• The United Nations 2005 Human Development Report states that in the 20th century there were reported 110 million conflict-related deaths. To put it in perspective, if you were to combine the total number of conflict-related deaths from the previous five centuries, deaths between the years 1500 and 1899 (500 years), the total would be only 35 million.
  • A recent study by the Gregorian University in Rome has estimated that in the last 2000 years, since the founding of Christianity, there have been over 70 million Christians who have been put to death for their faith in Jesus Christ. Here’s the shocker, 45.5 million of those Christians were killed in the 20th century. That’s 65% of Christian martyrs slaughtered in your birth century. 
One more… 
  • Since 1973, when the United States Supreme Court in Roe vs. Wade legalized abortion, there have been in this country alone 58,586,256 “legal” abortions. In other words, in the last 43 years this country has put to death 58,586,256 potential Einsteins, Mozarts, Roosevelts and Marinos (yes, as in Dan Marino). And by the way, that statistic is as of 8 a.m. this morning, because with an estimated 3,700 abortions performed daily, the number has obviously changed.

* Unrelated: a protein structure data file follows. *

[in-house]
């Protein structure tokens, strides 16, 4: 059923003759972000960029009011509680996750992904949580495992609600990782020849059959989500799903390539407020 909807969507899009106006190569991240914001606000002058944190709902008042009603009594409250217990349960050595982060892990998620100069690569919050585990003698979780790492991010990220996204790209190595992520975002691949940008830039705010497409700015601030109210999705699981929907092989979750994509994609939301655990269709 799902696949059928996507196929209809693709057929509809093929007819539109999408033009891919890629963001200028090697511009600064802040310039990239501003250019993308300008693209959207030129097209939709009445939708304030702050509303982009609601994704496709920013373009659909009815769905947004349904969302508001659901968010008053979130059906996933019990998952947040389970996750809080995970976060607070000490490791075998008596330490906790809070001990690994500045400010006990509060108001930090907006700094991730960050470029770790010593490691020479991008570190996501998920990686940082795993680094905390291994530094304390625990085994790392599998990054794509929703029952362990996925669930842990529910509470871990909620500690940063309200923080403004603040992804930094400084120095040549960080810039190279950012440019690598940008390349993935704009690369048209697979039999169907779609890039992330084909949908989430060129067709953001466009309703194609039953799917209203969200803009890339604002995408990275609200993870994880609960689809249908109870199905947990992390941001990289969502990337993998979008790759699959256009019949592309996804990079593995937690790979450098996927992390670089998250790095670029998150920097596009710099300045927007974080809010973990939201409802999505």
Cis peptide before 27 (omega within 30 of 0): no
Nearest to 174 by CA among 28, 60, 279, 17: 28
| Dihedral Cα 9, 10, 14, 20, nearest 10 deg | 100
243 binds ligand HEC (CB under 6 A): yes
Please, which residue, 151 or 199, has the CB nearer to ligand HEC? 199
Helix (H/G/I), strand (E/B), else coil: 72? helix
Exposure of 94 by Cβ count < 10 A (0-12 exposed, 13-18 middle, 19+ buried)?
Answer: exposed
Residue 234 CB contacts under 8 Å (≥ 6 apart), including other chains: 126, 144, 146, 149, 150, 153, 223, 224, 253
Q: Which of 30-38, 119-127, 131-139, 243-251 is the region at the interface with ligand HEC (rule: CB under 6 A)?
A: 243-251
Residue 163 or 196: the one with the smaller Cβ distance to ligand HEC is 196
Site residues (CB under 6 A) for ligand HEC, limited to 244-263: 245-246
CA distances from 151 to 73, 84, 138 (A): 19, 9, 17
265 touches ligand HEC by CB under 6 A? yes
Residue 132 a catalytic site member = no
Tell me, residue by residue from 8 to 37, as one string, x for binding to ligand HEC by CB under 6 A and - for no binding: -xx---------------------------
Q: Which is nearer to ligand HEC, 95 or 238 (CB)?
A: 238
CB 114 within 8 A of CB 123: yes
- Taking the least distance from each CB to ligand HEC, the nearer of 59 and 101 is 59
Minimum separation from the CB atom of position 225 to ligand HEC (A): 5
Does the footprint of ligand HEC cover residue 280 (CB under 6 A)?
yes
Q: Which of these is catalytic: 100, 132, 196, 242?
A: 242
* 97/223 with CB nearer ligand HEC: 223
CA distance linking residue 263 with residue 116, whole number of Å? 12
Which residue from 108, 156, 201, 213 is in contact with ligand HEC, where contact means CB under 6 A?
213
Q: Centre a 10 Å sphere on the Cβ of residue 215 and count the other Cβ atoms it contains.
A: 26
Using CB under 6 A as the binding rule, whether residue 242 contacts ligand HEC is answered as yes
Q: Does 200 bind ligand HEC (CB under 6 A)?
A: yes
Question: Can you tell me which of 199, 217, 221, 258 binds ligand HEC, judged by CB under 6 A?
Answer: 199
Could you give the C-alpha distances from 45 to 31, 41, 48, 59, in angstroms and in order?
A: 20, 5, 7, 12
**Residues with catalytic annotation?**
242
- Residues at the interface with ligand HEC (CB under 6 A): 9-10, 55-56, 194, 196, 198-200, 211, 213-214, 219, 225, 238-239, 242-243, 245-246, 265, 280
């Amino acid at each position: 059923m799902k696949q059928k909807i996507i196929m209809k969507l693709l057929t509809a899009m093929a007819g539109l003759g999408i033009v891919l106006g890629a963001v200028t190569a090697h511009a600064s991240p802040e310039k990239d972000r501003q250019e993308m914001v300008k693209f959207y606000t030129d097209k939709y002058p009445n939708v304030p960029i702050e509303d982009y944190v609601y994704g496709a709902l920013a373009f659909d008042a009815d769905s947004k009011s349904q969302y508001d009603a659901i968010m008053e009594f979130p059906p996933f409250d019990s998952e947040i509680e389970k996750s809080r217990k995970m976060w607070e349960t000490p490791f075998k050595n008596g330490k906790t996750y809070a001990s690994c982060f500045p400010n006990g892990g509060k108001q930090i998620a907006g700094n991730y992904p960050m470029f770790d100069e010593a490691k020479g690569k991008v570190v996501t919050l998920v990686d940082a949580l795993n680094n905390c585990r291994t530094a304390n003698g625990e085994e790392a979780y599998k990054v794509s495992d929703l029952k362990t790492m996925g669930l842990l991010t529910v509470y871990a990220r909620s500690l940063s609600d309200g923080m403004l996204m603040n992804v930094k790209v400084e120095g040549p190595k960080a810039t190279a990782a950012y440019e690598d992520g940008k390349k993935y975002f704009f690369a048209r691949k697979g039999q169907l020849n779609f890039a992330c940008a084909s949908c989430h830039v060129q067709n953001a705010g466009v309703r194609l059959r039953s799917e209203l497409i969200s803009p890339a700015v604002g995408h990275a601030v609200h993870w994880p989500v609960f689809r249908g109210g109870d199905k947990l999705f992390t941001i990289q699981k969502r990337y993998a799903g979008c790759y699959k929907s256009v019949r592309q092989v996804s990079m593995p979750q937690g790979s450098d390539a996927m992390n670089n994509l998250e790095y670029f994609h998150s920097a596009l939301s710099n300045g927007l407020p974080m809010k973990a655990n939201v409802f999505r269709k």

That’s right, all this blood in your medically modern, scientifically superior, technologically advanced birth century. 

How is that possible? How can it be that the very century that can produce heroes like Gandhi, Martin Luther King Jr. and Pope St. John Paul II, can also produce monsters like Adolf Hitler, Josef Stalin and Mao Zedong? How is it possible that in a modern world where schools are more readily available to all children, also produce schools where children are more readily bullied or killed?

And while I am sure that there are many sociologists, politicians and theologians who can study the reality of our modern, yet violent world and give us theories as to the reasons why this is the unfortunate case, it is in today’s gospel that we discover how to resolve it.

The answer, believe it or not, is… salt. Yes, you heard me… salt.

I know that sounds weird, but the fact is that in the fifth chapter of the gospel of St. Matthew (v.13) when Jesus begins to groom his disciples for launching the great crusade for the salvation of mankind, he tells this small band of brothers that they are the “salt of the earth.”

I confess that I have often wondered why Jesus would refer to his disciples as being the salt of the earth. I mean, light I understand… it dispels the darkness, it shows you the way, it can be placed on a hill and serves as a reference point. But salt, what good is that for other than putting it on your eggs in the morning?